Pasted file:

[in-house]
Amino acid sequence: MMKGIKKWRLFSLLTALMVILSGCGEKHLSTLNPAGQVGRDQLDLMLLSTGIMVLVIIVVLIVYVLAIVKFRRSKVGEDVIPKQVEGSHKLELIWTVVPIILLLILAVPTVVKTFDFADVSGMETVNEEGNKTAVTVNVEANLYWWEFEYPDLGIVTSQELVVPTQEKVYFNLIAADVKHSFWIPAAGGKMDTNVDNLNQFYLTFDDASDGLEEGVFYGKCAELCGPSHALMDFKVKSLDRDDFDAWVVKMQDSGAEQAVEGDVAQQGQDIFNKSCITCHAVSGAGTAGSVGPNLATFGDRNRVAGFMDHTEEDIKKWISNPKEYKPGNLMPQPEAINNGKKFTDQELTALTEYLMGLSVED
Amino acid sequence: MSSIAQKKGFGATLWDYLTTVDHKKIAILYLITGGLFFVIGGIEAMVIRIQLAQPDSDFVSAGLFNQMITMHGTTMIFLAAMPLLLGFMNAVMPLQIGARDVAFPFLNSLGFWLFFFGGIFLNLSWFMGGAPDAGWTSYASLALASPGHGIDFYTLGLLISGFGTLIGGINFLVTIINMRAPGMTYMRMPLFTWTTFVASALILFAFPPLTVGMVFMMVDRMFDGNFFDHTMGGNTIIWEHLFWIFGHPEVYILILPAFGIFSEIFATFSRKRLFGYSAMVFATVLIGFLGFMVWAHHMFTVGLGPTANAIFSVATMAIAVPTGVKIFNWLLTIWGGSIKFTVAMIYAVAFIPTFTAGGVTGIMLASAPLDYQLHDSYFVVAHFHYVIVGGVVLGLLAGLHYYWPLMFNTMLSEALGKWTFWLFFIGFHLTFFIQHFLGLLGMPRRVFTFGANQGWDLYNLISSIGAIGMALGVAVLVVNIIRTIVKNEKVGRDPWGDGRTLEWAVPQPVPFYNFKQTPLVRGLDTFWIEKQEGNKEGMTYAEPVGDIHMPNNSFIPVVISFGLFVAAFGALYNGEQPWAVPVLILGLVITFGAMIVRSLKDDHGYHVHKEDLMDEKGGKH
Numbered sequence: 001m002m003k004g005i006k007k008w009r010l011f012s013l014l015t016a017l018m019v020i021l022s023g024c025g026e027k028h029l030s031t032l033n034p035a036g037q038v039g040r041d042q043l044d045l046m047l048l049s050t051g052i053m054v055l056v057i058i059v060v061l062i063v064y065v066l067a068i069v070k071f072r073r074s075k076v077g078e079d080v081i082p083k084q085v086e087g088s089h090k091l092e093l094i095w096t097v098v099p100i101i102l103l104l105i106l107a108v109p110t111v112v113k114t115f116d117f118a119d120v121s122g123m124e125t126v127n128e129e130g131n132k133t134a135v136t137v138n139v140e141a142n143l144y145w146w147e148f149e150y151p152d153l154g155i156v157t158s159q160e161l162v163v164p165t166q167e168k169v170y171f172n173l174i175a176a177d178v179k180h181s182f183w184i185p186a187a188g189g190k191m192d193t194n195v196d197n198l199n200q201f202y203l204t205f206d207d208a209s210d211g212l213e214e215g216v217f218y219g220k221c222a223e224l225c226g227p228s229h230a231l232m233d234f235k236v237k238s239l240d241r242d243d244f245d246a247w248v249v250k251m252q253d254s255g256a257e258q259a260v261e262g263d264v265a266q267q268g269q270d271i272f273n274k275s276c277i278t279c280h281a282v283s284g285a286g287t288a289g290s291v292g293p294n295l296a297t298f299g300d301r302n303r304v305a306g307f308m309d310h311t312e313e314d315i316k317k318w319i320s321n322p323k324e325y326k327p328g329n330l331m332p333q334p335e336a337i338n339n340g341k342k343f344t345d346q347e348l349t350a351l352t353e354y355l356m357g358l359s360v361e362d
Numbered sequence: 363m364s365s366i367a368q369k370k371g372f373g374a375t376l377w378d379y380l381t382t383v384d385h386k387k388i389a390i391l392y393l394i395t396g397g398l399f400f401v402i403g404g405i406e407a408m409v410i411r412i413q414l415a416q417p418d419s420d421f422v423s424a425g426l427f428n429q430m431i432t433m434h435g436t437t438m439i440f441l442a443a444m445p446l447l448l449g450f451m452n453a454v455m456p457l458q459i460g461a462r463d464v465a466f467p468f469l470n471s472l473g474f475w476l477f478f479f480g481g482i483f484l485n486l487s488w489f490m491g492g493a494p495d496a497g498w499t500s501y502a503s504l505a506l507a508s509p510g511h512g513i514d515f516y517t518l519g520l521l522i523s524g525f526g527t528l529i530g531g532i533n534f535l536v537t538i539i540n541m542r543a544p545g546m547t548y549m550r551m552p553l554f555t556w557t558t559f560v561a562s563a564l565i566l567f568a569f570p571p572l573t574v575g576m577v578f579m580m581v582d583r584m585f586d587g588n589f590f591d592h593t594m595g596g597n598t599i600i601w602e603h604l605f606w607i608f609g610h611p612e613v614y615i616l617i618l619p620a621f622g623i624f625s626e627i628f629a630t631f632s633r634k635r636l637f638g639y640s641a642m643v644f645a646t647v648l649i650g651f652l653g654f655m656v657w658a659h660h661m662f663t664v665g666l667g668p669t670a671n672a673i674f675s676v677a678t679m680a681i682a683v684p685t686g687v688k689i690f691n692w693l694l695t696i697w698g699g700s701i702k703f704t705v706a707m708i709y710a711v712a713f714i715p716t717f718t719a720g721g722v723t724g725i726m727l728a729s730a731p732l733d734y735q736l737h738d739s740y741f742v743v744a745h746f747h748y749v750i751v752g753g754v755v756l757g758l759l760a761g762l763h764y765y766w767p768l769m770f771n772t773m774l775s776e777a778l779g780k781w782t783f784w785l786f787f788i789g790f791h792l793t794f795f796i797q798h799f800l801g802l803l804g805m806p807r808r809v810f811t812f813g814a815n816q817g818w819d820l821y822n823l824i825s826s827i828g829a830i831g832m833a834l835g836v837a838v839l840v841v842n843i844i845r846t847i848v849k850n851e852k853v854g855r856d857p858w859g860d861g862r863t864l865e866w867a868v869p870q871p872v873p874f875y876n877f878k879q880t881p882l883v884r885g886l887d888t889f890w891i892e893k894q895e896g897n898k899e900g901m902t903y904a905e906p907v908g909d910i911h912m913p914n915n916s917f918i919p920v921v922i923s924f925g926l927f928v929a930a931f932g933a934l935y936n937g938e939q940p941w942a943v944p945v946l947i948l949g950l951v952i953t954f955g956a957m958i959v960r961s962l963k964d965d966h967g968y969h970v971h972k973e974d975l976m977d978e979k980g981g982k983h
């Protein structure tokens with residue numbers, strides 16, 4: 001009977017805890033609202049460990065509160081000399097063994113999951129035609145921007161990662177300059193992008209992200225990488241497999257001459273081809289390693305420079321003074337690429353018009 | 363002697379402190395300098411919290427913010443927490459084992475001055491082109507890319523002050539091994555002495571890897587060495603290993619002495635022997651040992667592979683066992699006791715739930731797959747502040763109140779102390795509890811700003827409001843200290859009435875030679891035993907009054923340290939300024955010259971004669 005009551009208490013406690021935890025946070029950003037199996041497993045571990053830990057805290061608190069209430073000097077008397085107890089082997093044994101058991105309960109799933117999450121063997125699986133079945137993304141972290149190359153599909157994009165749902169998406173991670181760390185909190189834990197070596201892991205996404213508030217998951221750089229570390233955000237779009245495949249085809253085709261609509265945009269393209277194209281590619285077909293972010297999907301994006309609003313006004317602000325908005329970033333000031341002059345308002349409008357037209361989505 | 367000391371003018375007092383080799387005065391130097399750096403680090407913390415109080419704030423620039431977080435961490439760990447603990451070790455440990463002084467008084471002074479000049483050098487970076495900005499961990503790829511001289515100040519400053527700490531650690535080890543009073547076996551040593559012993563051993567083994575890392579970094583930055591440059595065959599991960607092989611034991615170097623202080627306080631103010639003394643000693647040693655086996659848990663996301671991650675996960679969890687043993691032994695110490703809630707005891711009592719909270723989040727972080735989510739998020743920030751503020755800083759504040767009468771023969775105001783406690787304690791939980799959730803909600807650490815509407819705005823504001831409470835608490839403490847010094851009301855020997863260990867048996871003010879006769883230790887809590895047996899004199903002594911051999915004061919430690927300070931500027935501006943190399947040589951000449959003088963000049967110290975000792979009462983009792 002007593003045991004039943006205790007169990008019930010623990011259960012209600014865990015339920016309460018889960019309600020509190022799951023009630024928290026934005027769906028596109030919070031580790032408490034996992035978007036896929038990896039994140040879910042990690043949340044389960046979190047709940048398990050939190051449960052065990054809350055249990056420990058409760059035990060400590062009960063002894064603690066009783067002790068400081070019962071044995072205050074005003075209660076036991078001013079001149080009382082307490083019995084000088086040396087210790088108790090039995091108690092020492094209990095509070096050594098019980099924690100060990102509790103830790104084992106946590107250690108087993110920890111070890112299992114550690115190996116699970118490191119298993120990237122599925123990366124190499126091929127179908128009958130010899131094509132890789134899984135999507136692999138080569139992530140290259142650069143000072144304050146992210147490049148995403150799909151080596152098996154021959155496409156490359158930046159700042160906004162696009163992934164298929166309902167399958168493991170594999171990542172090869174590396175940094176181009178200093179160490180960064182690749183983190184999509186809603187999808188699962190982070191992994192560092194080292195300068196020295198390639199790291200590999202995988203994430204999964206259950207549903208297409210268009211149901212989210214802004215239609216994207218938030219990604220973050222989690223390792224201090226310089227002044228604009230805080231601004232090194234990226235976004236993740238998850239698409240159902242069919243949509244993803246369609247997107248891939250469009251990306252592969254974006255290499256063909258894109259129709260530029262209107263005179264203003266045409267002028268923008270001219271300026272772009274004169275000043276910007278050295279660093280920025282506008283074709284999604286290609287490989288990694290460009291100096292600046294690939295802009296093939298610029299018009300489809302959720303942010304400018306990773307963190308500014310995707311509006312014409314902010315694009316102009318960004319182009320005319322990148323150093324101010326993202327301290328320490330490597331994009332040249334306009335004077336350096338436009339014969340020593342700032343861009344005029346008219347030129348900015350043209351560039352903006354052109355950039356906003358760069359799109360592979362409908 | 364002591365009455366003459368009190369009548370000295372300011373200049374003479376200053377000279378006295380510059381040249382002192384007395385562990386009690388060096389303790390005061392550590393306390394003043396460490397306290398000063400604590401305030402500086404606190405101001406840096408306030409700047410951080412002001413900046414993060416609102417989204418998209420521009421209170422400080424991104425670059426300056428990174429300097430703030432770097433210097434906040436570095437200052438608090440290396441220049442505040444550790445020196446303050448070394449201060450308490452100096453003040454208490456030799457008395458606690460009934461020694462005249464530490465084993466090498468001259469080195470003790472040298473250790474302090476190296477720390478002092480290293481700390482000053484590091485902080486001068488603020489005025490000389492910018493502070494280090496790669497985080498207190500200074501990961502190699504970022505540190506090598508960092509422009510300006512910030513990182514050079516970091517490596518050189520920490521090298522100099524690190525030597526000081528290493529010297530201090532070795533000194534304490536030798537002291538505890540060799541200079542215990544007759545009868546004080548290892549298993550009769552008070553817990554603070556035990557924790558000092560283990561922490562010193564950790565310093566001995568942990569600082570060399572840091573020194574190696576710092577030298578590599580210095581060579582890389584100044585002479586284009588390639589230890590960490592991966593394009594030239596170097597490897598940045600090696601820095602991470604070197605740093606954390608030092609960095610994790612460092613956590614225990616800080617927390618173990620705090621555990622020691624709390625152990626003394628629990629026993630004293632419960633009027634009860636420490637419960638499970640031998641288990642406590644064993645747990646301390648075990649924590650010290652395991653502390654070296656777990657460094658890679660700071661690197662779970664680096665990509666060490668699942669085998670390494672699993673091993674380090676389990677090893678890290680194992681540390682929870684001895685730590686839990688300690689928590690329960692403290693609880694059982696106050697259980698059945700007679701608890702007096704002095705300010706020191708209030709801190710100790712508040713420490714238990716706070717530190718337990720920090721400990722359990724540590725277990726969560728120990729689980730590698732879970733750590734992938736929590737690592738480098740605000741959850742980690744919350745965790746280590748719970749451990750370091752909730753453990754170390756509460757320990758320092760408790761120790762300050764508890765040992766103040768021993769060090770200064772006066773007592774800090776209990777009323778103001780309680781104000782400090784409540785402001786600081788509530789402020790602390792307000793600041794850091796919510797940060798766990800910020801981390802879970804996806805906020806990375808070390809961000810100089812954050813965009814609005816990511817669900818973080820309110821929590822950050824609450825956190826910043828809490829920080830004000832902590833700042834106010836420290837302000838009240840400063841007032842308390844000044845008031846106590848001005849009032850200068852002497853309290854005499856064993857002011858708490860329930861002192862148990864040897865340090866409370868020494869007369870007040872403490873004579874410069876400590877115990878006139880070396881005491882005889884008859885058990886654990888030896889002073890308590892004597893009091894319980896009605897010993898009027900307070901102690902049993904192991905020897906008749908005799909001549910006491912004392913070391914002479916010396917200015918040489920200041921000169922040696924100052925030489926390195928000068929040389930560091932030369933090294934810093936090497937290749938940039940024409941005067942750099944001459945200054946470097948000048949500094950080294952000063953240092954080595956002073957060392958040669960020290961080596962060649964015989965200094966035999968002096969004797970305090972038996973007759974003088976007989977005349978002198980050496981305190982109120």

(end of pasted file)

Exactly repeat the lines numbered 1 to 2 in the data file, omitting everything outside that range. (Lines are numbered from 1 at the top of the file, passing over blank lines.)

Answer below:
[in-house]
Amino acid sequence: MMKGIKKWRLFSLLTALMVILSGCGEKHLSTLNPAGQVGRDQLDLMLLSTGIMVLVIIVVLIVYVLAIVKFRRSKVGEDVIPKQVEGSHKLELIWTVVPIILLLILAVPTVVKTFDFADVSGMETVNEEGNKTAVTVNVEANLYWWEFEYPDLGIVTSQELVVPTQEKVYFNLIAADVKHSFWIPAAGGKMDTNVDNLNQFYLTFDDASDGLEEGVFYGKCAELCGPSHALMDFKVKSLDRDDFDAWVVKMQDSGAEQAVEGDVAQQGQDIFNKSCITCHAVSGAGTAGSVGPNLATFGDRNRVAGFMDHTEEDIKKWISNPKEYKPGNLMPQPEAINNGKKFTDQELTALTEYLMGLSVED